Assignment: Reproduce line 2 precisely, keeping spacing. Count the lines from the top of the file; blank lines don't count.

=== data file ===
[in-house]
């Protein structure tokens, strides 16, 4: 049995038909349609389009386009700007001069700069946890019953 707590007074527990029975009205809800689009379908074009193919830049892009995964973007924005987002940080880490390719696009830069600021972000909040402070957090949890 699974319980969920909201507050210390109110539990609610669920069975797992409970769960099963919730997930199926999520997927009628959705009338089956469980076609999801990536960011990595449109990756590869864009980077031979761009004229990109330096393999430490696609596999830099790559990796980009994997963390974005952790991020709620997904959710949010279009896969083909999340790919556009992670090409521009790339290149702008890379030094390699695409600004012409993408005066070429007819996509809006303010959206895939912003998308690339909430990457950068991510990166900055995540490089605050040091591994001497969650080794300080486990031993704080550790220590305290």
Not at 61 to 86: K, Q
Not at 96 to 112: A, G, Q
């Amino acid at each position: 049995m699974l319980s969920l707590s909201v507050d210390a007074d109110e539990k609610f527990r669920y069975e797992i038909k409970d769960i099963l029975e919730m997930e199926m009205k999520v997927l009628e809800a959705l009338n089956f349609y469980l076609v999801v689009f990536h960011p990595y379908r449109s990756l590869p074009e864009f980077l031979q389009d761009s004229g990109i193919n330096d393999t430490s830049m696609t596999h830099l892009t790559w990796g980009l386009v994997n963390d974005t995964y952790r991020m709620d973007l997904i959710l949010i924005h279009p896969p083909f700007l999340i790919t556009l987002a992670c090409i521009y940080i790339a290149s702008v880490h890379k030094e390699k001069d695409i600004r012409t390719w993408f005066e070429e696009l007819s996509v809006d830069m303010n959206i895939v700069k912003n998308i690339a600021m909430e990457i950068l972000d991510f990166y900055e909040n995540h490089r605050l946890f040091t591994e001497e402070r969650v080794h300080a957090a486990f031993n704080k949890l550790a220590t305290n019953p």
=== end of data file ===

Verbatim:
């Protein structure tokens, strides 16, 4: 049995038909349609389009386009700007001069700069946890019953 707590007074527990029975009205809800689009379908074009193919830049892009995964973007924005987002940080880490390719696009830069600021972000909040402070957090949890 699974319980969920909201507050210390109110539990609610669920069975797992409970769960099963919730997930199926999520997927009628959705009338089956469980076609999801990536960011990595449109990756590869864009980077031979761009004229990109330096393999430490696609596999830099790559990796980009994997963390974005952790991020709620997904959710949010279009896969083909999340790919556009992670090409521009790339290149702008890379030094390699695409600004012409993408005066070429007819996509809006303010959206895939912003998308690339909430990457950068991510990166900055995540490089605050040091591994001497969650080794300080486990031993704080550790220590305290």